Mix it up: chilli con carne is great served with rice, tortilla chips or some homemade guacamole
HELLO and welcome to all about food. This week we’re getting a little retro, so invite some friends over and get ready for some seriously good chilli.
I’m trying to tighten my belt, cutting down on ready made, expensive, sauces such as jars of Bolognese sauce, Carbonara mix etc. My favourite is chilli con carne but when I’ve attempted to make it from scratch it seems to lack the richness that my ready-made sauces have! Any recipes for an easy but tasty chilli con carne?
This chilli con carne recipe is my absolute favourite. It definitely has that rich tomato depth that you’re after but it also has a freshness from the fresh coriander that I love as it stops it feeling too heavy.
Easy Chilli Con Carne!
1 tbsp oil
1 large onion, finely diced
1 red pepper, diced
1 stick of celery, finely chopped
2 garlic cloves, finely chopped
1 heaped tsp of hot chilli powder
1 tsp of paprika
1 tsp of ground cumin
1 tsp of ground cinnamon
1 small bunch fresh coriander, chopped
500g lean minced beef
1 beef stock cube
400g can chopped tomatoes
½ tsp dried oregano
1 tsp sugar
2 tbsp tomato purée
410g can red kidney beans
Put your pan on the hob over a medium heat. When warm, add the onions and cook, stirring frequently, until the onions are soft and translucent. Add the garlic, red pepper, chilli, paprika, cinnamon and cumin. Cook for another five minutes, stirring occasionally.
Turn the heat up a little, add the meat to the pan and break it up with your spoon or spatula. The mix should sizzle a bit when you add the mince. Keep stirring until all the mince is in uniform, mince-sized lumps and there are no more pink bits. Make sure you keep the heat hot enough for the meat to fry and brown but not stew.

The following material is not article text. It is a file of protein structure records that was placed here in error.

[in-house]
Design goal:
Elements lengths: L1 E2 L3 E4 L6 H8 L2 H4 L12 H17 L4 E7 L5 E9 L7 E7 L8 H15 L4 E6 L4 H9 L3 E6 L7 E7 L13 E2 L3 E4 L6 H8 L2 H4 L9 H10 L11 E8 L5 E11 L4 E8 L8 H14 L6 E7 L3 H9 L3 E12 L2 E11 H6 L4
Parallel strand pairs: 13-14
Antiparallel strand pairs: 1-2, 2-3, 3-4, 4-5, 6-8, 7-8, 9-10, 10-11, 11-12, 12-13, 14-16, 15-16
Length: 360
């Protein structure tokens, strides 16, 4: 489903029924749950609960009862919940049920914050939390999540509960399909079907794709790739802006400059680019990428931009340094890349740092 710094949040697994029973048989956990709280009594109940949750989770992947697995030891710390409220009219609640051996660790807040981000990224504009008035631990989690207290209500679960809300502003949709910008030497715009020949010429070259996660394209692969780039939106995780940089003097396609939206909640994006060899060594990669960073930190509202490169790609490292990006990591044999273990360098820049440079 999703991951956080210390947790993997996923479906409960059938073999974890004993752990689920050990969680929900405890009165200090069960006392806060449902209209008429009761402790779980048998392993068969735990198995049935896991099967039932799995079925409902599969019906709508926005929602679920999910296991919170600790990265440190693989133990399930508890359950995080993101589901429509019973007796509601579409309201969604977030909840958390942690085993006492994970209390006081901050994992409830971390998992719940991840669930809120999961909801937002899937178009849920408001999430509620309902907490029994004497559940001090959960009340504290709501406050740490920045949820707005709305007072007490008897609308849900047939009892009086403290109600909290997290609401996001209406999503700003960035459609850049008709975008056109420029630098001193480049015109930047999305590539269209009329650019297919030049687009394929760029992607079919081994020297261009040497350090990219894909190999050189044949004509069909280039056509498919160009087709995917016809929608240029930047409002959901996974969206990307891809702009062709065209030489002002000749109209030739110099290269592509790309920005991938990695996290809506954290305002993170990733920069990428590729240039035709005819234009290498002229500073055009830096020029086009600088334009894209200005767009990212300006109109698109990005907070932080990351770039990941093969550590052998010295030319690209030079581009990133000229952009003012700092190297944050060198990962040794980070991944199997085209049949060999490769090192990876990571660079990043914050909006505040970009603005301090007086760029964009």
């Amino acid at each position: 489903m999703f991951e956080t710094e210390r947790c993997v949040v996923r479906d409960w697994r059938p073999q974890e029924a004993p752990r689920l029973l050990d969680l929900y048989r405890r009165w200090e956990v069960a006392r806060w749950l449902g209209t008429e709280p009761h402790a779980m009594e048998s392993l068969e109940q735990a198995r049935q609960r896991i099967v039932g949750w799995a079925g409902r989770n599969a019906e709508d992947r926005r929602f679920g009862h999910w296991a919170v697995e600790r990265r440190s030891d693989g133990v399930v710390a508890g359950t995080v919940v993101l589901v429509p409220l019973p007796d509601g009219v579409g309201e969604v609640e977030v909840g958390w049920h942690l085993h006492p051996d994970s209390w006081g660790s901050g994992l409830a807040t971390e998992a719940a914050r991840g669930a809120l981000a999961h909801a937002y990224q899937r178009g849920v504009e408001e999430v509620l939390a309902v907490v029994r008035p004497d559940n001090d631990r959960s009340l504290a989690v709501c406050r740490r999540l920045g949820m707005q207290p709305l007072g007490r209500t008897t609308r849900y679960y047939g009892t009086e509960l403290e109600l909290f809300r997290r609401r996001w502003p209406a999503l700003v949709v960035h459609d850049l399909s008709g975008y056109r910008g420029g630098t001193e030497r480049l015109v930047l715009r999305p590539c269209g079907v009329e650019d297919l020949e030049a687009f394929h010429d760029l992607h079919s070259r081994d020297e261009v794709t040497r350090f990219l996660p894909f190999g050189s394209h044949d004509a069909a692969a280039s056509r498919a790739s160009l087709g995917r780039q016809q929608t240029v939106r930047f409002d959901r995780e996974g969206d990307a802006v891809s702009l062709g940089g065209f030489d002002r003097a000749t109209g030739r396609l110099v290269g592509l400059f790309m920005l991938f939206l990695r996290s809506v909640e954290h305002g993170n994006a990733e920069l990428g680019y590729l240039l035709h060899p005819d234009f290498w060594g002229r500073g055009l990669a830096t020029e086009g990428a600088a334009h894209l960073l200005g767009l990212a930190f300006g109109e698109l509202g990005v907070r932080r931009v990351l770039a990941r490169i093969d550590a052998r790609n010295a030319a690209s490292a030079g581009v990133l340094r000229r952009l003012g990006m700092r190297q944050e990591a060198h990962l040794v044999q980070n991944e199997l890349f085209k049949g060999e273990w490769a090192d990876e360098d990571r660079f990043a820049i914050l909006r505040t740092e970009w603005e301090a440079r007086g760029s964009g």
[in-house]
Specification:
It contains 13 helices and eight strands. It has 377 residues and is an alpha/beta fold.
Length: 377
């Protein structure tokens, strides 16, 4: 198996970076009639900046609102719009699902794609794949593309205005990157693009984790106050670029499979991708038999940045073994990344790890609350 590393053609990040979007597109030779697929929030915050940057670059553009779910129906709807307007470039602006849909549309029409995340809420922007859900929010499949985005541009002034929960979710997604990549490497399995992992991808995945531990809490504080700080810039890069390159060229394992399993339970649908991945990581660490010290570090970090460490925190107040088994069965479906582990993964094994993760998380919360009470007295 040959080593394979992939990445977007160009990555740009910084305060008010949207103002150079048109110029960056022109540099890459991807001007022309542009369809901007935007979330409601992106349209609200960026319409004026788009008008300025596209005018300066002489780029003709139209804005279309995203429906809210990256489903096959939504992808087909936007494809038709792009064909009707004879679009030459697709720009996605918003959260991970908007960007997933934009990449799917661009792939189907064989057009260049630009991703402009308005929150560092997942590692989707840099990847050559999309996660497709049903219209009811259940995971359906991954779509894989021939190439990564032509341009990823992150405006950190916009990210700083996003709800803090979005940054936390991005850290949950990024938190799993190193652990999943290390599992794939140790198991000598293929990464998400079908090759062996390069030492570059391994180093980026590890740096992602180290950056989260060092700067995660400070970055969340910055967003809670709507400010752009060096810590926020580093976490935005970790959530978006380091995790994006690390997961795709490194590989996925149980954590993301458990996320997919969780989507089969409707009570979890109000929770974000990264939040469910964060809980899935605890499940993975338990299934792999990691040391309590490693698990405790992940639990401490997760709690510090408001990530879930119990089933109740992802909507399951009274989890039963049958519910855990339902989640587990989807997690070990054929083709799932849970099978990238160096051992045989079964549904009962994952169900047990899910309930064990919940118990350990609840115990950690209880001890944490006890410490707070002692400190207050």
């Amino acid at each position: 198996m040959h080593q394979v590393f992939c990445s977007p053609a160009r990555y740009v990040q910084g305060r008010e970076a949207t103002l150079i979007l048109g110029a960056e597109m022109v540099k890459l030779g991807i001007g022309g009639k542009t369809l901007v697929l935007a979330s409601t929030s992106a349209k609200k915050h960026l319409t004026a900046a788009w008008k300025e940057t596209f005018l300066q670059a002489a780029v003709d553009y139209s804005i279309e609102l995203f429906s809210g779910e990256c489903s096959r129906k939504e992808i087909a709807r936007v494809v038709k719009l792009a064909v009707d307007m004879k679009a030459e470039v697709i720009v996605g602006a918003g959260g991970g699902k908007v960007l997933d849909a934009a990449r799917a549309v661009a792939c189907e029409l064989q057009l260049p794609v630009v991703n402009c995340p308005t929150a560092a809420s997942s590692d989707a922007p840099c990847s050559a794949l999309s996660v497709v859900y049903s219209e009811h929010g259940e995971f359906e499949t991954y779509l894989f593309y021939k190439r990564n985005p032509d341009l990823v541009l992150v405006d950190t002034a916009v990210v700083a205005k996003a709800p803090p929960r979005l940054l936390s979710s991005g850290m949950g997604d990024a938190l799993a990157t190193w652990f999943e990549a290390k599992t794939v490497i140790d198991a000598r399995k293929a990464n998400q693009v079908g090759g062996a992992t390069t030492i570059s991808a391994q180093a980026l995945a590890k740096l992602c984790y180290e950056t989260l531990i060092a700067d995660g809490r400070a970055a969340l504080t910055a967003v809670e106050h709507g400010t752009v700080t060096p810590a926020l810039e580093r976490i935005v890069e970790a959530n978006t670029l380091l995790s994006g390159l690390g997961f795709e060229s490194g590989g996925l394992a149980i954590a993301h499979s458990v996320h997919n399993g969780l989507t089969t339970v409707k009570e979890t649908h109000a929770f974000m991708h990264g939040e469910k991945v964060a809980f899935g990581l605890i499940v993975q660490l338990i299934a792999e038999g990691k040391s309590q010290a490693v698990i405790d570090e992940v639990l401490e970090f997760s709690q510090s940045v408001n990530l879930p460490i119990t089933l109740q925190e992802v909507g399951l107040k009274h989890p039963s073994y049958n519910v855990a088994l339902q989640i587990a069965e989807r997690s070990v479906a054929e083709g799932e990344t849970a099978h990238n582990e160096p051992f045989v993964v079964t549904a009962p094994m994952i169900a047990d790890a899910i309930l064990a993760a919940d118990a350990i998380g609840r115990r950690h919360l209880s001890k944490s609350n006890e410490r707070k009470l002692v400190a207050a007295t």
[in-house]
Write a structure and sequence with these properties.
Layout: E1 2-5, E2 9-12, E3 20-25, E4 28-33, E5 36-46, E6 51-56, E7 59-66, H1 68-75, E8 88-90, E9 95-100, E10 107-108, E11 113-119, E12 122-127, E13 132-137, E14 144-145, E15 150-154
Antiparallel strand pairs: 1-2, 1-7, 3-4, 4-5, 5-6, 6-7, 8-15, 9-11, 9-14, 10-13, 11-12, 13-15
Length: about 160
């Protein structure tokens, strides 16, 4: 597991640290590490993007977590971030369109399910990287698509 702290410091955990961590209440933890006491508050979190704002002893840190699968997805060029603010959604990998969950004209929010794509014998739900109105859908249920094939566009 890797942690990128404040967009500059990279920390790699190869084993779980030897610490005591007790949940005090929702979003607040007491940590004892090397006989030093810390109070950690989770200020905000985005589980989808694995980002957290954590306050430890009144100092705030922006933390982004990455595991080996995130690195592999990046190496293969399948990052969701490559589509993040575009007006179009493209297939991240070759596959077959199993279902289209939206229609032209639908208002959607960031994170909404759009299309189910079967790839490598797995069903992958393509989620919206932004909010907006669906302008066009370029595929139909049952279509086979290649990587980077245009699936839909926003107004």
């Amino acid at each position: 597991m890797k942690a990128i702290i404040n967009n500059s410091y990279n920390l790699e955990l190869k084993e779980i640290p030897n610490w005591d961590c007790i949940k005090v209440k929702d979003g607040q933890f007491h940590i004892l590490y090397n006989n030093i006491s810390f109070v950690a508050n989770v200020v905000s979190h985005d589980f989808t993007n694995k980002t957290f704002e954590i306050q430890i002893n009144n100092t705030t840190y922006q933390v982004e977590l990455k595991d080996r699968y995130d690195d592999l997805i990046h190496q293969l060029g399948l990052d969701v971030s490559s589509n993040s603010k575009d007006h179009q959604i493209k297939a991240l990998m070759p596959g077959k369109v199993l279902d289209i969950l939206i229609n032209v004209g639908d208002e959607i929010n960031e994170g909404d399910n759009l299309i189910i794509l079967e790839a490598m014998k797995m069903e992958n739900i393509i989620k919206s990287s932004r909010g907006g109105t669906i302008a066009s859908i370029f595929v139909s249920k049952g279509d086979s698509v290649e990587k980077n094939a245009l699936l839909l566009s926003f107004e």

Crumble your stock cube into 300 ml of hot water. Pour this into the pan with the mince mixture then add the tomatoes. Tip in the oregano and the sugar and season. Squirt in roughly two tablespoons of tomato purée and stir the sauce well.
Bring to the boil, give the chilli a good stir and put a lid on the pan. Turn down the heat until it is gently bubbling and leave it for twenty minutes. Stir the chilli occasionally to make sure the sauce doesn’t catch on the bottom of the pan or isn’t drying out. If it is, add a little water. After simmering gently, the chilli should look thick, moist and juicy.
Drain and rinse the beans in a sieve and stir them into the chilli along with the roughly chopped coriander. Bring to the boil again, and gently bubble without the lid for another ten minutes, adding a little more water if it looks too dry. Taste the chilli and season. It will probably take a lot more seasoning than you think.
I love to serve my chilli with boiled long grain rice, some tortilla chips and homemade guacamole. For the guacamole just mash a large, ripe avocado, add a finely diced small red onion, the juice of one lime, a small bunch of fresh coriander and half a red chilli – deseeded if you prefer a milder taste – and you’re good to go!